There are a number of other goods that have similar extreme tipping points in their marginal utility curves, such as edible food, breathable air, workable land, and anything else that can be considered necessary for life. Land value is affected by many factors, but its value approaches infinite as the population grows beyond the ability of the land to produce food. In his book Plan B, Lester R. Brown suggests that this was a major underlying cause for the Rowandan Genocide of 1994, as their population doubled from 1950 to 1994. Food shortages often lead to violence or authoritarian measures to avoid it.
Breathable air is not competed over in the same manner, but its loss inevitably results in death. The London Fogs of the late 19th and early 20th century, a by-product of burning coal in the city, at their worst resulted in the death of 1000s of people per day. Mostly those affected were the elderly, children, and those already in poor health.
Diamonds, on the other hand, are not affected by the same kind of tipping point marginal utility curve, because they always have exactly the same utility. Namely, they provide a means of concentrating a large sum of money in a small, easily transported and liquidated form. Buying one more diamond does not increase or diminish this utility. Furthermore, this utility is not necessary for any aspect of life; it is merely a convenience. Diamond supply in and of itself, therefore, does not have the capacity to turn otherwise law abiding citizens against one another. People will kill for diamonds, true, but generally only when their ability to access food, water, land etc. is really what is at stake. Conflict diamonds come from countries which cannot support their entire population with access to the necessities of life.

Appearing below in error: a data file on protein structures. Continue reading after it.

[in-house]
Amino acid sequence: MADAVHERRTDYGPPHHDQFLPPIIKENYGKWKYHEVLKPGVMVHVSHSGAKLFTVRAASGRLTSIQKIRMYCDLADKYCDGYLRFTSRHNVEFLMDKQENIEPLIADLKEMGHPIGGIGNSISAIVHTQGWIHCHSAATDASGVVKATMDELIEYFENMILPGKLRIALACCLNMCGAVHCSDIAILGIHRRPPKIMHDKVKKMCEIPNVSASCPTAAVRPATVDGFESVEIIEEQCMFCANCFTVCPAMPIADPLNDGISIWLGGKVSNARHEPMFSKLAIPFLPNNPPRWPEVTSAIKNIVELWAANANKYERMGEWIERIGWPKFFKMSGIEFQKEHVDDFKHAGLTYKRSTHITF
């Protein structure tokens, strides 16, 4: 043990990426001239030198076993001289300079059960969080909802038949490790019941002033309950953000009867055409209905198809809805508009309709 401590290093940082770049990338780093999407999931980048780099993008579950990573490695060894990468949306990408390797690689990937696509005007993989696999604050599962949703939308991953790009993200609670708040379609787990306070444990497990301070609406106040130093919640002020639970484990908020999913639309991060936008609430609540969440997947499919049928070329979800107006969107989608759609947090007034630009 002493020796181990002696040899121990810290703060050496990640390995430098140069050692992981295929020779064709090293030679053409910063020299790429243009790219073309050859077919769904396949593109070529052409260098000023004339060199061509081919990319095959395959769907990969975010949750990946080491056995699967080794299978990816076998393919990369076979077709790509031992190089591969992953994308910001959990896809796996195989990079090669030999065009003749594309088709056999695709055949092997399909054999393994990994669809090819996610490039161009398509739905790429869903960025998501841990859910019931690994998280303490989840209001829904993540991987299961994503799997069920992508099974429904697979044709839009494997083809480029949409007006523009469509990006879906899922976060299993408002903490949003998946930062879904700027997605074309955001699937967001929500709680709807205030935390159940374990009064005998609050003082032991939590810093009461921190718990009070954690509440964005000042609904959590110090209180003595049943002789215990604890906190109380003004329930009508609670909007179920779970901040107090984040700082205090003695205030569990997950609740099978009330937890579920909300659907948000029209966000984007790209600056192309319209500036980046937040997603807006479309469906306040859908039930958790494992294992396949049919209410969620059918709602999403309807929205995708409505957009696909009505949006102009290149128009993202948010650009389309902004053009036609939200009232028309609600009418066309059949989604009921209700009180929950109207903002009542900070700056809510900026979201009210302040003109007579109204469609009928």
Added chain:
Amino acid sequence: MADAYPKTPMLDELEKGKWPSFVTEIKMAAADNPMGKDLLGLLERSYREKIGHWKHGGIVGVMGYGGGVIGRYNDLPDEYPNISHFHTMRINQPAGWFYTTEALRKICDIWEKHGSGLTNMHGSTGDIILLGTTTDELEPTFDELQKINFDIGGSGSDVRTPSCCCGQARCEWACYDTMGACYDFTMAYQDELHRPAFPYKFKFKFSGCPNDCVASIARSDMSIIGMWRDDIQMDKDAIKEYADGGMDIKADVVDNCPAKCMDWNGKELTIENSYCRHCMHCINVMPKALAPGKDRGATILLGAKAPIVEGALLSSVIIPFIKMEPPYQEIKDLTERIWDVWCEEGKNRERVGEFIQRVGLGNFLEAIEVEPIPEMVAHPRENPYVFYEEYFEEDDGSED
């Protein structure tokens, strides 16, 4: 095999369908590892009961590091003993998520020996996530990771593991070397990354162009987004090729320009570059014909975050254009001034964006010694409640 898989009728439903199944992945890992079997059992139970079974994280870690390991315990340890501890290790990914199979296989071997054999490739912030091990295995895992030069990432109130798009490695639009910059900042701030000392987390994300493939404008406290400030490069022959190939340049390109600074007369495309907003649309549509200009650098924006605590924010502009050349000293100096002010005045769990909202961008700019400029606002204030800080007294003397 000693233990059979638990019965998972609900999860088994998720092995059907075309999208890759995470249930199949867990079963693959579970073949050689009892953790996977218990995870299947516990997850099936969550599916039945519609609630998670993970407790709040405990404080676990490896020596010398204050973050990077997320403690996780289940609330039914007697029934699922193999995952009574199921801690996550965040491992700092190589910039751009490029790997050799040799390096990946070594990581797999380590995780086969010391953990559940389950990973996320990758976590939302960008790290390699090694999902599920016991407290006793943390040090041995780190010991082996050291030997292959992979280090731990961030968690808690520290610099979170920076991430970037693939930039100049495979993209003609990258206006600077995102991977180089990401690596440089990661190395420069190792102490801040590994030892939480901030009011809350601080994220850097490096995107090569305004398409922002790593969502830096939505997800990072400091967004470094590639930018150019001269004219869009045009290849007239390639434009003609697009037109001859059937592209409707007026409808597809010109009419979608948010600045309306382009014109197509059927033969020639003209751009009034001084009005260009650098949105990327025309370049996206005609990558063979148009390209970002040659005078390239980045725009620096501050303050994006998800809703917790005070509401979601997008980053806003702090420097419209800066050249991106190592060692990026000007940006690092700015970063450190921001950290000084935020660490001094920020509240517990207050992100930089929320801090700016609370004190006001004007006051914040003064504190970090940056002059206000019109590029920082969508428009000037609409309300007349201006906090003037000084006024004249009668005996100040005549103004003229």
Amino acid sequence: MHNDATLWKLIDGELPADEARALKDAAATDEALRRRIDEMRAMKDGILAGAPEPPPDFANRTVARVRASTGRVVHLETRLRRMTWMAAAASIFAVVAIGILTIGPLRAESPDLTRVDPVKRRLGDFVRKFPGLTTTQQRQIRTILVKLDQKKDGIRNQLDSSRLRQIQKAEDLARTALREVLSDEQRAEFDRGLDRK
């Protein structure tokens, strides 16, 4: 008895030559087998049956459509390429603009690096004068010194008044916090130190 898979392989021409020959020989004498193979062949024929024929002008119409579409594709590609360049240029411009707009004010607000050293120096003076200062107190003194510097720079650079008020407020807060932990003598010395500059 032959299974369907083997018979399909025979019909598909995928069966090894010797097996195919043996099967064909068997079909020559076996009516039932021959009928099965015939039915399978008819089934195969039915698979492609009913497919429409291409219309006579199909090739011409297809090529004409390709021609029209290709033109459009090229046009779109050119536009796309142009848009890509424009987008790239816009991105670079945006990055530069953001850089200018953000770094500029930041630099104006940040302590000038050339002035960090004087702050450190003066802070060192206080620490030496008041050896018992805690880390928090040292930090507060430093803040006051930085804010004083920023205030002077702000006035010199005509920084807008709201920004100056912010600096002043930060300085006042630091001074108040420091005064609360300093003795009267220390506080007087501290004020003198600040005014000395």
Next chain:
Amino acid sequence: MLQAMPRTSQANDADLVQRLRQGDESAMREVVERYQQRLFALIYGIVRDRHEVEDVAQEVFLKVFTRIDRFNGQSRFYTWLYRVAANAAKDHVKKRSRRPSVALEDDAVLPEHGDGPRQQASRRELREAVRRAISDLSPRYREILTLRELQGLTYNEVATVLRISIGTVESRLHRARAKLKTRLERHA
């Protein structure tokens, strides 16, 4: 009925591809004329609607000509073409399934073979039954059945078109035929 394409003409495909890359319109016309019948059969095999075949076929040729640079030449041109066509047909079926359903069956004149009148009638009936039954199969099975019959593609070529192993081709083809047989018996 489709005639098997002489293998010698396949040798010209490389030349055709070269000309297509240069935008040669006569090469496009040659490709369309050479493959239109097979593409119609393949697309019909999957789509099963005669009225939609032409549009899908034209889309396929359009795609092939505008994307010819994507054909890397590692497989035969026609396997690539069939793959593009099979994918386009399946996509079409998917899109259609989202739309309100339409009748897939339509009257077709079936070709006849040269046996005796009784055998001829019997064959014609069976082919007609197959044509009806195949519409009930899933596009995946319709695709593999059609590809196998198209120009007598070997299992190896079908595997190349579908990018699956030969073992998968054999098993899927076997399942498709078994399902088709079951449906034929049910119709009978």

The paradox of value is not, in fact, a paradox at all. When there is enough water to go around, it has no value in a market. When there is not enough, it never makes it to market, but its transportation, use, and exchange affects whether or not there is a market for anything else at all. The real puzzle is that people do not want to expend any effort to protect, secure, or manage their water until there is a crisis. Many people today seem to forget that the EPA was created to reduce pollution in our rivers, which between 1950 and 1970 were literally catching on fire because they were so burdened with waste. Now that our rivers are once again fire-proof, suddenly no one wants to pay the bill, and the EPA is considered a useless or redundant institution.
Having the foresight to manage these resources with extreme tipping points in their marginal utility curve is extremely important for a stable economy and the maintenance of a market in which people want to participate. Keeping our air, water and food supply clean and safe, and making sure that everyone has access to the basic necessities of life, in other words the primary goals of the sustainability movement, can therefore be thought of as a prerequisite to a functioning free market economy.